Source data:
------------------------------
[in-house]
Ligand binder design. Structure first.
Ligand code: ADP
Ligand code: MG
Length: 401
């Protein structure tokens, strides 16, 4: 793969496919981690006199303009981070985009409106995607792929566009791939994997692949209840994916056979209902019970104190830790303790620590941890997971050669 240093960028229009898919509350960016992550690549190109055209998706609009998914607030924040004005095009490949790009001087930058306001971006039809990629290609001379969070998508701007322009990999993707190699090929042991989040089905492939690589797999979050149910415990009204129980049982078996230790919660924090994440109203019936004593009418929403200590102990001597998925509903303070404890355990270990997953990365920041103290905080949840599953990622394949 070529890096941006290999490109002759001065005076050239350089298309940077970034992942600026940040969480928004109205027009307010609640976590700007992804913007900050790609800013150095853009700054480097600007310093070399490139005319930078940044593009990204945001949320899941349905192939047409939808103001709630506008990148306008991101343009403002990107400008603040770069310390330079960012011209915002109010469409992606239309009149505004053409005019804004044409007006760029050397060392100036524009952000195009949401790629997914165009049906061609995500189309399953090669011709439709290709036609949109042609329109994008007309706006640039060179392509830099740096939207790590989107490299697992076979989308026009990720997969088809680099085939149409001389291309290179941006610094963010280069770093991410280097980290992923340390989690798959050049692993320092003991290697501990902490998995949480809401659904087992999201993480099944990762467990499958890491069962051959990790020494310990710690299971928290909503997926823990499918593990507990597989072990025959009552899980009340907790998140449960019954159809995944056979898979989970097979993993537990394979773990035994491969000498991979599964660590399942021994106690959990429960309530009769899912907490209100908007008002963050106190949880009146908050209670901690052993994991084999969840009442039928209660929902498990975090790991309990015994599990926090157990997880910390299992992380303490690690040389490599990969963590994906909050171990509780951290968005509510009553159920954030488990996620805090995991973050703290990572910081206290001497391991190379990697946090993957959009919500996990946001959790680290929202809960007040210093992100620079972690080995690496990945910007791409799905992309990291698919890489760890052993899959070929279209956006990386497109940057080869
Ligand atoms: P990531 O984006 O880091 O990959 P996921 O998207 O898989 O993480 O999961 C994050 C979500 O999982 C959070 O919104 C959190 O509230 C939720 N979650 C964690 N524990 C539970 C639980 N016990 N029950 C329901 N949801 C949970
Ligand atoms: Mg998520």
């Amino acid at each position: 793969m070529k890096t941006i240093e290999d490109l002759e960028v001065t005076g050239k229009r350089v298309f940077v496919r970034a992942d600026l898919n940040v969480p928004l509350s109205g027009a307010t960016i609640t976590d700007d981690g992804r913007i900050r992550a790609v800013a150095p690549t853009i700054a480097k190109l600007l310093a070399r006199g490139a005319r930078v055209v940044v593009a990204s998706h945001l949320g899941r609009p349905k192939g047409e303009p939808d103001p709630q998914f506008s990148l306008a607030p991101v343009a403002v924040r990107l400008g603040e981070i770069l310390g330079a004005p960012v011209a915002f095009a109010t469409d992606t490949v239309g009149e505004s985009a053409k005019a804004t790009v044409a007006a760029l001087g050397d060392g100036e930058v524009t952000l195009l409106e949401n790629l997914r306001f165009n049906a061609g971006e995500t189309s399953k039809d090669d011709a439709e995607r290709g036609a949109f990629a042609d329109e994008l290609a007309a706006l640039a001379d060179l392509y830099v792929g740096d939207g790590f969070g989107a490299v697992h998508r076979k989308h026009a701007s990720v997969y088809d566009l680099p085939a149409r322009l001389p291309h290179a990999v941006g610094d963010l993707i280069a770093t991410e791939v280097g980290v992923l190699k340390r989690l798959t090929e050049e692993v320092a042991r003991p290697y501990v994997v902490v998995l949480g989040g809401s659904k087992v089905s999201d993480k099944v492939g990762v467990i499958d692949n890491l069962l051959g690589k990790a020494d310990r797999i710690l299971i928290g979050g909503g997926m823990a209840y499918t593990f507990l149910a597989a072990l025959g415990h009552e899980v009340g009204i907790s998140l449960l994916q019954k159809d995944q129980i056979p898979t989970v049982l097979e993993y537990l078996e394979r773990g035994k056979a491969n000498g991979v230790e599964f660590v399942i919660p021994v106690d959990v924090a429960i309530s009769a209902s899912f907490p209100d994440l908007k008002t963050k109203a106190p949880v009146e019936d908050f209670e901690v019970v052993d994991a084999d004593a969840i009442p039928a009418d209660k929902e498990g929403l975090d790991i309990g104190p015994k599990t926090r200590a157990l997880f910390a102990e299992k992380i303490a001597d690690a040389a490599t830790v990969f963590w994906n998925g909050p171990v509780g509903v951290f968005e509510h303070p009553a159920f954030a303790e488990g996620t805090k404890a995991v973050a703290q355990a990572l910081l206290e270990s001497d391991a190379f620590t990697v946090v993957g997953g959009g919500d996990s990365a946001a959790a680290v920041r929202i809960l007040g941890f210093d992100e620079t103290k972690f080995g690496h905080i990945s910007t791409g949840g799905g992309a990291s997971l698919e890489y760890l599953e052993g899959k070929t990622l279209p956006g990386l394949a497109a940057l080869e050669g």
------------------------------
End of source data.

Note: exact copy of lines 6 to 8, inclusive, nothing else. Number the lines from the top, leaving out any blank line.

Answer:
């Protein structure tokens, strides 16, 4: 793969496919981690006199303009981070985009409106995607792929566009791939994997692949209840994916056979209902019970104190830790303790620590941890997971050669 240093960028229009898919509350960016992550690549190109055209998706609009998914607030924040004005095009490949790009001087930058306001971006039809990629290609001379969070998508701007322009990999993707190699090929042991989040089905492939690589797999979050149910415990009204129980049982078996230790919660924090994440109203019936004593009418929403200590102990001597998925509903303070404890355990270990997953990365920041103290905080949840599953990622394949 070529890096941006290999490109002759001065005076050239350089298309940077970034992942600026940040969480928004109205027009307010609640976590700007992804913007900050790609800013150095853009700054480097600007310093070399490139005319930078940044593009990204945001949320899941349905192939047409939808103001709630506008990148306008991101343009403002990107400008603040770069310390330079960012011209915002109010469409992606239309009149505004053409005019804004044409007006760029050397060392100036524009952000195009949401790629997914165009049906061609995500189309399953090669011709439709290709036609949109042609329109994008007309706006640039060179392509830099740096939207790590989107490299697992076979989308026009990720997969088809680099085939149409001389291309290179941006610094963010280069770093991410280097980290992923340390989690798959050049692993320092003991290697501990902490998995949480809401659904087992999201993480099944990762467990499958890491069962051959990790020494310990710690299971928290909503997926823990499918593990507990597989072990025959009552899980009340907790998140449960019954159809995944056979898979989970097979993993537990394979773990035994491969000498991979599964660590399942021994106690959990429960309530009769899912907490209100908007008002963050106190949880009146908050209670901690052993994991084999969840009442039928209660929902498990975090790991309990015994599990926090157990997880910390299992992380303490690690040389490599990969963590994906909050171990509780951290968005509510009553159920954030488990996620805090995991973050703290990572910081206290001497391991190379990697946090993957959009919500996990946001959790680290929202809960007040210093992100620079972690080995690496990945910007791409799905992309990291698919890489760890052993899959070929279209956006990386497109940057080869
Ligand atoms: P990531 O984006 O880091 O990959 P996921 O998207 O898989 O993480 O999961 C994050 C979500 O999982 C959070 O919104 C959190 O509230 C939720 N979650 C964690 N524990 C539970 C639980 N016990 N029950 C329901 N949801 C949970
Ligand atoms: Mg998520």